Like a bad penny, Walt keeps showing up where you least expect him. After Skyler and Marie have a conversation about the legendary chemistry teacher, the camera reveals him to be standing in Skyler's kitchen. (Poor Marie—this episode gives her no peace. She's still the dummy underestimating Walt.) Chain smoking and gaunt, Skyler grants Walt five minutes to say his peace. In the episode's high point, he tells the truth. "I did it for me," he tells her, "I liked it."

Finally, he comes clean. Both Bryan Cranston and Anna Gunn are fantastic here, somehow looking even worse than those Francis Bacon-style family portraits Skyler's lugged from the old house to this small apartment. After he gives her the lottery receipt with the GPS coordinates of Hank's and Steve's bodies, Skyler lets her see Holly. Again, Walt gets what he wants.

The composition of the brief reunion is gorgeous: Holly's sleeping face, her hair splayed across her forehead and cheek like the craggy fingers of Walt's hand as he caresses her for the last time. It's sad. You feel something. Like many of the greatest scenes on Breaking Bad, it's terribly quiet—no music. If Breaking Bad teaches the world of television one lesson, please let it be that, when used correctly, silence is more powerful than any score.

After Walter watches Flynn, so fashionable in Tims and Zubaz, walk into Skyler's apartment, he goes to finish business with Jesse. Perhaps these are just grossly high expectations talking, but there was something disappointing about the shootout with Jack, Todd, and the pseudo-Nazis. Because you perviously saw Walt assemble the automated device for his machine gun, you know exactly what's coming when he rides into Jack's compound. The only tension in the scene comes from the fact that...he has to get his car keys back? OK, sure. He does get his keys back, and he lights up the compound. Most everyone is killed, except for Todd and Jack, so that Walt and Jesse will have people to kill in non-automated fashion. (Jesse strangles Todd; Walt shoots Jack in the head.) I thought back to the end of season two, when the explosion that's been hinted at all season (like the gun in the trunk) is revealed to be a plane crash, how incredible that move felt. It was ridiculous and bold. There's nothing like that here.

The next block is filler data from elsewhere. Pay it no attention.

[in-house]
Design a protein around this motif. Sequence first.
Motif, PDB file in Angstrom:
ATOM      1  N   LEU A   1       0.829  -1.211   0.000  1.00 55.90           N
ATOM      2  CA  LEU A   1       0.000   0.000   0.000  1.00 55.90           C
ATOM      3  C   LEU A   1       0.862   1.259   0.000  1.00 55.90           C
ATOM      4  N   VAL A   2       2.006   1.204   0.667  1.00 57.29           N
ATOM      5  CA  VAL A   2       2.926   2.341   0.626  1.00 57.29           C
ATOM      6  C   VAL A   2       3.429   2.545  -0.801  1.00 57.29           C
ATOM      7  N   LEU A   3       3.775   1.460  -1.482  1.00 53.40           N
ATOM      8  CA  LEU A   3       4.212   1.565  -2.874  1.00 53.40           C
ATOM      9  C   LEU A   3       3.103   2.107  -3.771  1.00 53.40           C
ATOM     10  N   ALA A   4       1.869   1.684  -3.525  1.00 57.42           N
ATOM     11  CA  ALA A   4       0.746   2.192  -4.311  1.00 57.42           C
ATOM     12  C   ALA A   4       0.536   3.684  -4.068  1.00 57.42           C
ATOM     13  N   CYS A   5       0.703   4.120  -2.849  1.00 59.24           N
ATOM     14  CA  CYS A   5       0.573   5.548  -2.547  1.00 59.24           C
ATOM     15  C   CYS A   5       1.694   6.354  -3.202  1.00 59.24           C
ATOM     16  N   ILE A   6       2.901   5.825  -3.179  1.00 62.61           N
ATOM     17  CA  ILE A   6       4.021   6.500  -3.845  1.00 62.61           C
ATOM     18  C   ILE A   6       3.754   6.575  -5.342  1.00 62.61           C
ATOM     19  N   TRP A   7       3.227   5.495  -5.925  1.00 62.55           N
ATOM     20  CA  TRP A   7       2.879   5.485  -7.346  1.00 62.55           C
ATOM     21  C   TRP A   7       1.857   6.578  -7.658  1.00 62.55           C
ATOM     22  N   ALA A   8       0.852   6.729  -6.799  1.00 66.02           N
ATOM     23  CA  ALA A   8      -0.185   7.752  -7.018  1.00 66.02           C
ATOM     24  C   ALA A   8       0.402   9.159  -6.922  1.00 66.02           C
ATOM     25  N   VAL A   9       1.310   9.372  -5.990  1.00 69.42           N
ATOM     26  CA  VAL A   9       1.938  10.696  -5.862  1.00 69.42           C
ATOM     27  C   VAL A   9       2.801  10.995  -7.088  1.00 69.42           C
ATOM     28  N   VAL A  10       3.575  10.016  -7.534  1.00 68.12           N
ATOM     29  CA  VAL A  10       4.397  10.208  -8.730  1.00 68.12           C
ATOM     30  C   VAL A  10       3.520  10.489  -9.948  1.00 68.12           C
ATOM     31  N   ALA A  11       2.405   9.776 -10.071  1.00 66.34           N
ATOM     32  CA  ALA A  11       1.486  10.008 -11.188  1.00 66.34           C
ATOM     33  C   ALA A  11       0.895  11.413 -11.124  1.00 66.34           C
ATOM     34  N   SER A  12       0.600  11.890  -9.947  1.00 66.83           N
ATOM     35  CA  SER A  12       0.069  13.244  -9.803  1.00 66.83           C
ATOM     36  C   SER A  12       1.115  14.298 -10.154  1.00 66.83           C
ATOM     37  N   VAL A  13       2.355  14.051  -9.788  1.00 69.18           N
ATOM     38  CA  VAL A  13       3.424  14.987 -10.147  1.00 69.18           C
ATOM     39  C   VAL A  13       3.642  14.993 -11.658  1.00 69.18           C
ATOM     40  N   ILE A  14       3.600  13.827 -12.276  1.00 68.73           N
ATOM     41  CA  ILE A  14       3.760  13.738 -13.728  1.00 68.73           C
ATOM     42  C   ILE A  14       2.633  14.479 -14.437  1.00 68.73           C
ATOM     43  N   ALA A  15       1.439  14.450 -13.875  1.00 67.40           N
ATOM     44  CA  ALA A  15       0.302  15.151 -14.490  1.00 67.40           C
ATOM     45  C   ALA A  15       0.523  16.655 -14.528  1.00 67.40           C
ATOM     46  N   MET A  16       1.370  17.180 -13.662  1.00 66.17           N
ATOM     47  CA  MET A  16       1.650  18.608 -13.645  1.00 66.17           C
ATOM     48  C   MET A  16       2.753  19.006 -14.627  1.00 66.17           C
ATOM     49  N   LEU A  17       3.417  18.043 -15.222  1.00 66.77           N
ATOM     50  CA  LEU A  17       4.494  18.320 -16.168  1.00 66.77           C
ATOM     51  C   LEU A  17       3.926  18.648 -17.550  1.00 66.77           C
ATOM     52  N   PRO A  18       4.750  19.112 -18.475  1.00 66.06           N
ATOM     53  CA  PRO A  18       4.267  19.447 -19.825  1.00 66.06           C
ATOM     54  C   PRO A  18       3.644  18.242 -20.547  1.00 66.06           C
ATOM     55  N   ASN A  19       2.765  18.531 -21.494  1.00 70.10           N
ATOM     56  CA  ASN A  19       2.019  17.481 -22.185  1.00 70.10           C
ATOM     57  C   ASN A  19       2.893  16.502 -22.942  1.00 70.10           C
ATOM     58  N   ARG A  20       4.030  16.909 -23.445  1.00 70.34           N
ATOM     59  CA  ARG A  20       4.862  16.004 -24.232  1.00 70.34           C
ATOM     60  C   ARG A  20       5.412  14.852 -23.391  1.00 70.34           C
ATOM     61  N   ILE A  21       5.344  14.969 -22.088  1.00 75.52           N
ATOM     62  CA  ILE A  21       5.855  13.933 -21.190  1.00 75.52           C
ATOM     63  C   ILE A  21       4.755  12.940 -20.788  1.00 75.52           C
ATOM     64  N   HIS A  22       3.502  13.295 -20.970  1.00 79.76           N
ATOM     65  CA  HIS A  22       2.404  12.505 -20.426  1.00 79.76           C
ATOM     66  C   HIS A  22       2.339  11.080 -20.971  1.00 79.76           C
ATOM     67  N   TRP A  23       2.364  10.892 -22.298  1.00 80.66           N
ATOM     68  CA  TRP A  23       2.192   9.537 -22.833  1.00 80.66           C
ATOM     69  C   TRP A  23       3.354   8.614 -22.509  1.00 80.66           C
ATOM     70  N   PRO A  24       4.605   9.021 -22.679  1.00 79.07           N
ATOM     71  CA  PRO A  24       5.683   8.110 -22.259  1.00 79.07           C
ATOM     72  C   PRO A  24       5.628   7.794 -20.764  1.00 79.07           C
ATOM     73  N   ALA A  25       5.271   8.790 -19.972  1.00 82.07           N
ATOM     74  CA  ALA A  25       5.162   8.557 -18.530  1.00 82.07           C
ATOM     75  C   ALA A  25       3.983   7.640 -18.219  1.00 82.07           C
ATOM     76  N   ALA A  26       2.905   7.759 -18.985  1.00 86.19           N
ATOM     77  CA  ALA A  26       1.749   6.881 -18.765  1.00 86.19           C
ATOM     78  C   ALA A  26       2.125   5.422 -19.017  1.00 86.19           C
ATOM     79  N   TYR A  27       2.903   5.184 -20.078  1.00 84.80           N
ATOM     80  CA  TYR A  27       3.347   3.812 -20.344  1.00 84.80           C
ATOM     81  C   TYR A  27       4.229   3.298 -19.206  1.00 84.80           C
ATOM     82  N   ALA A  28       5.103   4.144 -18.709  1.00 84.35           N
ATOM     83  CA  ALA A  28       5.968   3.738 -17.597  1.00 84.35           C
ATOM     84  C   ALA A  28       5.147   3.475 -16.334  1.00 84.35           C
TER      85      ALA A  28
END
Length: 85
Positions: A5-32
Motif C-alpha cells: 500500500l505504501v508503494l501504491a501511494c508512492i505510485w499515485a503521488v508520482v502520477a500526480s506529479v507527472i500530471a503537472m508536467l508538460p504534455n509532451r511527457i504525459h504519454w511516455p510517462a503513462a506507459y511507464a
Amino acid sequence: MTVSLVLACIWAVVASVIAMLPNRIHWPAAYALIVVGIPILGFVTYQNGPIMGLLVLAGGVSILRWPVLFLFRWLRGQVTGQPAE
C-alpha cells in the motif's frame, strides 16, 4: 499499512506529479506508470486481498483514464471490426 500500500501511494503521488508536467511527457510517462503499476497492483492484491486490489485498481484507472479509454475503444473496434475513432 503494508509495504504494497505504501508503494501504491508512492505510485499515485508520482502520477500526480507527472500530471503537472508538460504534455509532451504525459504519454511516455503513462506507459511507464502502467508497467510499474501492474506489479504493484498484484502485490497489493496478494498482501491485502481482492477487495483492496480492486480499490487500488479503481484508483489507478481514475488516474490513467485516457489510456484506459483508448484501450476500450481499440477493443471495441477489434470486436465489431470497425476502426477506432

Jesse and Walt have their final confrontation. Walt, though he's already shot himself with his trunk apparatus, gives Jesse the chance to kill him. "You want this," he tells Jesse. It's like with Gale, Walt urging Jesse to take a life. Jesse refuses. Like a proud father, Walt gets to watch his second son be his own man and leave the nest. But what's going to happen to Jesse, really? He rides out of the compound in a screeching El Camino, shouting about his freedom, but now what? Does he go rescue Brock from the orphanage and raise him? Does the orphanage give up kids to scarred- and deranged-looking former-prisoners of neo-Nazis? How can Jesse possibly come back from any of this?

And yet the episode lets him leave on a high note, as if killing Todd and breaking out from the yolk of Mr. White have completely unburdened him.

In death, Walter appears unburdened as well. He's smiling as the camera tracks up from his body, laid out in the meth lab. He got what he wanted. He will be credited as the cook. These are his ruins, this is his kingdom.

It's the anti-Sopranos, with all the closure you could possibly want. Only we'll never know how he managed to poison Brock. Some secrets get taken to the grave.

Written by Ross Scarano (@RossScarano)
GIFs via Uproxx